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Capture of the eyes by relevant and irrelevant onsets

By Manon Mulckhuyse, Wieske van Zoest and Jan Theeuwes


During early visual processing the eyes can be captured by salient visual information in the environment. Whether a salient stimulus captures the eyes in a purely automatic, bottom-up fashion or whether capture is contingent on task demands is still under debate. In the first experiment, we manipulated the relevance of a salient onset distractor. The onset distractor could either be similar or dissimilar to the target. Error saccade latency distributions showed that early in time, oculomotor capture was driven purely bottom-up irrespective of distractor similarity. Later in time, top-down information became available resulting in contingent capture. In the second experiment, we manipulated the saliency information at the target location. A salient onset stimulus could be presented either at the target or at a non-target location. The latency distributions of error and correct saccades had a similar time-course as those observed in the first experiment. Initially, the distributions overlapped but later in time task-relevant information decelerated the oculomotor system. The present findings reveal the interaction between bottom-up and top-down processes in oculomotor behavior. We conclude that the task relevance of a salient event is not crucial for capture of the eyes to occur. Moreover, task-relevant information may integrate with saliency information to initiate saccades, but only later in time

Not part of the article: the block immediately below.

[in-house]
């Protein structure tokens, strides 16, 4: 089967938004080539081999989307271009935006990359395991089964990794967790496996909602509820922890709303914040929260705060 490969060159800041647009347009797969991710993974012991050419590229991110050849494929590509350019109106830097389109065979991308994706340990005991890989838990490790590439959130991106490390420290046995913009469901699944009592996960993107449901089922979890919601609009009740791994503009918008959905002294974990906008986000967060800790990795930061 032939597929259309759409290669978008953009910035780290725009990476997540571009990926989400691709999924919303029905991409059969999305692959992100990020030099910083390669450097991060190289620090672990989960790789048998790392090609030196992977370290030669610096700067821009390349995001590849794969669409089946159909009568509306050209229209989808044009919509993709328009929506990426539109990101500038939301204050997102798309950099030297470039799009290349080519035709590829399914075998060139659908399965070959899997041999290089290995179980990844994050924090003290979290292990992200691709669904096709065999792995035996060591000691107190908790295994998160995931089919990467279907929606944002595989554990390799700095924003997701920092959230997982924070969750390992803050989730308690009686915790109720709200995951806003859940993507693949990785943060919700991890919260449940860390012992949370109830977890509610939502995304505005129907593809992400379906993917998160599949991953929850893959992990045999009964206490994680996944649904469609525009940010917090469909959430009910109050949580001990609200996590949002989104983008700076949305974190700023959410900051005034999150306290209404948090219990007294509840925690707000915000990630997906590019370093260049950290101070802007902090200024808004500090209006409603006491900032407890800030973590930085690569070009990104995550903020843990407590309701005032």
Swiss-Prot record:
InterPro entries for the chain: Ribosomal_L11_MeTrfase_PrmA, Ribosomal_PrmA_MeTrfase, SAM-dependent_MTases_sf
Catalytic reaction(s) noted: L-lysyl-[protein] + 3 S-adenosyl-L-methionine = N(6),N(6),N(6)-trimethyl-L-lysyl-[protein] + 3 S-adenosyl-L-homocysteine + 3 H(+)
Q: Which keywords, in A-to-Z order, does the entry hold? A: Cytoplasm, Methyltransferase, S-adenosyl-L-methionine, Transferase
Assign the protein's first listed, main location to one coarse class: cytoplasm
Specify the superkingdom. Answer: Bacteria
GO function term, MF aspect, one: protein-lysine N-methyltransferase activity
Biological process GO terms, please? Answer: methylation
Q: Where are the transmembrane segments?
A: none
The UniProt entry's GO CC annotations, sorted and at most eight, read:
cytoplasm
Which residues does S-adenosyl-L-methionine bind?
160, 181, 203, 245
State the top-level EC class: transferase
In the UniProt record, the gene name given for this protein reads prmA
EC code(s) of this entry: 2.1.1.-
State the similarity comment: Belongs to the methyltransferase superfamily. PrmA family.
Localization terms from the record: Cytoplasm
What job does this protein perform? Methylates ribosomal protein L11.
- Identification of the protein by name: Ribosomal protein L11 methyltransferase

Topics: Research Article
Publisher: Springer-Verlag
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Provided by: PubMed Central

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